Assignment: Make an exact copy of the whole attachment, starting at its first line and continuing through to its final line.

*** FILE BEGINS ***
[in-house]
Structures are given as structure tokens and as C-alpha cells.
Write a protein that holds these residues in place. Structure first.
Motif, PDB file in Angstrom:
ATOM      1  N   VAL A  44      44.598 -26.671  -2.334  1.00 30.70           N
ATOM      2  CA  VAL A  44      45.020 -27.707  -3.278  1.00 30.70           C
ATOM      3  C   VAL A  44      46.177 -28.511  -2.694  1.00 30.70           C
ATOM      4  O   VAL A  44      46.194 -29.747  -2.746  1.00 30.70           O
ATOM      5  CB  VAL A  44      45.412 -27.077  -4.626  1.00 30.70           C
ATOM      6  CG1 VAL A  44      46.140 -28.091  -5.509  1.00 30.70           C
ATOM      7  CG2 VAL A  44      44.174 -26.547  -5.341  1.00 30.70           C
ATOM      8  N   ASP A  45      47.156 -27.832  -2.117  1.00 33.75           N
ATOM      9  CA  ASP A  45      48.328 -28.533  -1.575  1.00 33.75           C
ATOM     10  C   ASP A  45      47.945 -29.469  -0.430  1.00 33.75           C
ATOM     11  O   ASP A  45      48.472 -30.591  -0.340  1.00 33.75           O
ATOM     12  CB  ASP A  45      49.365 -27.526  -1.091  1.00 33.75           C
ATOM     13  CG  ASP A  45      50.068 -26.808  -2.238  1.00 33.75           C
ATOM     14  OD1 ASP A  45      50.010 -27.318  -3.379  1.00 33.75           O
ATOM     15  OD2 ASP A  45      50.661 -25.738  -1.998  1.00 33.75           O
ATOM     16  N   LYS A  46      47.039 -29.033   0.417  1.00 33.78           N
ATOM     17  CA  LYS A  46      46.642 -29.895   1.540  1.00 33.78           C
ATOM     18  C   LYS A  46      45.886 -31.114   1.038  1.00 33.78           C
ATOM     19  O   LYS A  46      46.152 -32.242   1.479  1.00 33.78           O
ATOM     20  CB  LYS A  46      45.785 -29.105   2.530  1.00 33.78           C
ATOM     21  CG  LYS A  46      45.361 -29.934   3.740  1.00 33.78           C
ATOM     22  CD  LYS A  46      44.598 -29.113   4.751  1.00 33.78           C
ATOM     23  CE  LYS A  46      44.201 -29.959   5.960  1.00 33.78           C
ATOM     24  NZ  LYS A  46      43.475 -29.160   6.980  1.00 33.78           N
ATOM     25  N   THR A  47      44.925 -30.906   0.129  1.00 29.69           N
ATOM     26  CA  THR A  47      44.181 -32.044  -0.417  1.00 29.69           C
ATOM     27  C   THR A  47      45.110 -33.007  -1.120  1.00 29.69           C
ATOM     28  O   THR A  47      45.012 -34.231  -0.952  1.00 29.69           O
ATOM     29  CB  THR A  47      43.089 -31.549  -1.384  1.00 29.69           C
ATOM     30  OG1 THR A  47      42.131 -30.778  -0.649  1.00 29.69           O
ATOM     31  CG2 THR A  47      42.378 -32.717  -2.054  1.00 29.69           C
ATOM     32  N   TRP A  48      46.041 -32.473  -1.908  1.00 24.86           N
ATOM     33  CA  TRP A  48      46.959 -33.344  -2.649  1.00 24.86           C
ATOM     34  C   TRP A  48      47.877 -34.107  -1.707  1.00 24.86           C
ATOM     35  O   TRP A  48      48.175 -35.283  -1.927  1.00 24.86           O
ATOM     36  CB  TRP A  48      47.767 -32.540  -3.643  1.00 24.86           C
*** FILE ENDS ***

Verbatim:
[in-house]
Structures are given as structure tokens and as C-alpha cells.
Write a protein that holds these residues in place. Structure first.
Motif, PDB file in Angstrom:
ATOM      1  N   VAL A  44      44.598 -26.671  -2.334  1.00 30.70           N
ATOM      2  CA  VAL A  44      45.020 -27.707  -3.278  1.00 30.70           C
ATOM      3  C   VAL A  44      46.177 -28.511  -2.694  1.00 30.70           C
ATOM      4  O   VAL A  44      46.194 -29.747  -2.746  1.00 30.70           O
ATOM      5  CB  VAL A  44      45.412 -27.077  -4.626  1.00 30.70           C
ATOM      6  CG1 VAL A  44      46.140 -28.091  -5.509  1.00 30.70           C
ATOM      7  CG2 VAL A  44      44.174 -26.547  -5.341  1.00 30.70           C
ATOM      8  N   ASP A  45      47.156 -27.832  -2.117  1.00 33.75           N
ATOM      9  CA  ASP A  45      48.328 -28.533  -1.575  1.00 33.75           C
ATOM     10  C   ASP A  45      47.945 -29.469  -0.430  1.00 33.75           C
ATOM     11  O   ASP A  45      48.472 -30.591  -0.340  1.00 33.75           O
ATOM     12  CB  ASP A  45      49.365 -27.526  -1.091  1.00 33.75           C
ATOM     13  CG  ASP A  45      50.068 -26.808  -2.238  1.00 33.75           C
ATOM     14  OD1 ASP A  45      50.010 -27.318  -3.379  1.00 33.75           O
ATOM     15  OD2 ASP A  45      50.661 -25.738  -1.998  1.00 33.75           O
ATOM     16  N   LYS A  46      47.039 -29.033   0.417  1.00 33.78           N
ATOM     17  CA  LYS A  46      46.642 -29.895   1.540  1.00 33.78           C
ATOM     18  C   LYS A  46      45.886 -31.114   1.038  1.00 33.78           C
ATOM     19  O   LYS A  46      46.152 -32.242   1.479  1.00 33.78           O
ATOM     20  CB  LYS A  46      45.785 -29.105   2.530  1.00 33.78           C
ATOM     21  CG  LYS A  46      45.361 -29.934   3.740  1.00 33.78           C
ATOM     22  CD  LYS A  46      44.598 -29.113   4.751  1.00 33.78           C
ATOM     23  CE  LYS A  46      44.201 -29.959   5.960  1.00 33.78           C
ATOM     24  NZ  LYS A  46      43.475 -29.160   6.980  1.00 33.78           N
ATOM     25  N   THR A  47      44.925 -30.906   0.129  1.00 29.69           N
ATOM     26  CA  THR A  47      44.181 -32.044  -0.417  1.00 29.69           C
ATOM     27  C   THR A  47      45.110 -33.007  -1.120  1.00 29.69           C
ATOM     28  O   THR A  47      45.012 -34.231  -0.952  1.00 29.69           O
ATOM     29  CB  THR A  47      43.089 -31.549  -1.384  1.00 29.69           C
ATOM     30  OG1 THR A  47      42.131 -30.778  -0.649  1.00 29.69           O
ATOM     31  CG2 THR A  47      42.378 -32.717  -2.054  1.00 29.69           C
ATOM     32  N   TRP A  48      46.041 -32.473  -1.908  1.00 24.86           N
ATOM     33  CA  TRP A  48      46.959 -33.344  -2.649  1.00 24.86           C
ATOM     34  C   TRP A  48      47.877 -34.107  -1.707  1.00 24.86           C
ATOM     35  O   TRP A  48      48.175 -35.283  -1.927  1.00 24.86           O
ATOM     36  CB  TRP A  48      47.767 -32.540  -3.643  1.00 24.86           C